Burned through this in 48 hours and I wasn’t even trying. Bad Marie is a hard character to like, but fun to follow around on her adventures. I kept marveling at her talent for self-delusion and wondering where her brazenness would take her next. People who need to like a character to like a book may not enjoy this, but I appreciated the plot-driven story, the entertainment value, and the wry writing. This is a woman whose moral compass is permanently on the fritz. Marie is always just Marie, self-absorbed, narcissistic, living for the moment and her own immediate needs, worrying only about where she is going to get her next meal, hopefully a gourmet one, or find her next bathtub (she really likes her baths, usually with a bottle of whiskey). Her exploits are fun to watch, whether she is running away with her friend/employer’s husband and baby, eating croissants in Paris, dodging police officers on the Champs de Elysee, dating a famous actor in Nice, trying to re-connect with her dead lover’s family (not the friend’s husband – other one, the bank robber), or using stolen credit cards to check into high-end Mexican resorts, all with a kidnapped 2-year-old in tow. Inconvenient things annoy her, such as how, in France, everybody is always speaking French, or how she has to deal with the friend’s husband’s grief when his grandmother dies (when will he stop whining!). When the toddler gets fussy, she feels sorry for herself (Hello! You kidnapped this child). And nothing is ever her fault, nothing is ever her responsibility. Occasionally she ruminates on the topics of fate and planning, but there are no revelations here, just always more delusions and a repetition of her philosophy that she never has regrets. Actually this is repeated so frequently, I think the lady doth protest too much. Although some of the people around her are themselves about as bad as she is, the best parts are where she gets judgmental about other people’s morality. Hilarious.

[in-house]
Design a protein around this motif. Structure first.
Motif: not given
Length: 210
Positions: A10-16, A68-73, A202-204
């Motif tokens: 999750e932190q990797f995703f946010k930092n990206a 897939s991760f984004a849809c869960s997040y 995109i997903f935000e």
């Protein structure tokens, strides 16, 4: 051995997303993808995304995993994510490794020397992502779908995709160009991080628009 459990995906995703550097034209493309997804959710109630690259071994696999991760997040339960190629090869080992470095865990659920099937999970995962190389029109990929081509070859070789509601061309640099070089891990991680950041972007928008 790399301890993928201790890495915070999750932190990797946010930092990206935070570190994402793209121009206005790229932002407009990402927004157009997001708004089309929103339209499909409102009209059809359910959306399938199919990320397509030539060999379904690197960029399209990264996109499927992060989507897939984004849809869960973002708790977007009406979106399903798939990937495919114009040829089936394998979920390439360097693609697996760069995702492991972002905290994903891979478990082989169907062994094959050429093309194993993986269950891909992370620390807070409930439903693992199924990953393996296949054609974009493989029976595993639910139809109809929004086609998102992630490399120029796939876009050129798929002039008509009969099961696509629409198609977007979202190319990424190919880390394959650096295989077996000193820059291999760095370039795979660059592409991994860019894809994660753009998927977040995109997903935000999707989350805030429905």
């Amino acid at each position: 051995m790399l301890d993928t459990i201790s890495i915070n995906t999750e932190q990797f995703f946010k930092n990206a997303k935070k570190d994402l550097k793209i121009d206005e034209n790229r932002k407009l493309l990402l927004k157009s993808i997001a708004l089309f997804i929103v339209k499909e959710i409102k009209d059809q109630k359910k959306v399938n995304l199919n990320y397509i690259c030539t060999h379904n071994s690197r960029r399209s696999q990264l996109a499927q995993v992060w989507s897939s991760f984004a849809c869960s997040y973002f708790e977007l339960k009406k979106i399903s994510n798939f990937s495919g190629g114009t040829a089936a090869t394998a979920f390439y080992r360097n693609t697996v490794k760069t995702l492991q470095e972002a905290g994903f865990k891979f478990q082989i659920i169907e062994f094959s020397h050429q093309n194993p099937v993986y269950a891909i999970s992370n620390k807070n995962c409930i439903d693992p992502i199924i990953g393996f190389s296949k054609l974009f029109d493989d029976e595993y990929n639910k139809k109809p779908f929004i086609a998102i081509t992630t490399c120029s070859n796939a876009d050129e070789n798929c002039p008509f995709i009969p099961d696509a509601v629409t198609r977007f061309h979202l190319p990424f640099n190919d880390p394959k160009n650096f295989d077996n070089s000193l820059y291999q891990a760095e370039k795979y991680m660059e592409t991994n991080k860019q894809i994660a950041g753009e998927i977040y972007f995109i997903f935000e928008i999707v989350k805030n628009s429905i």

• eb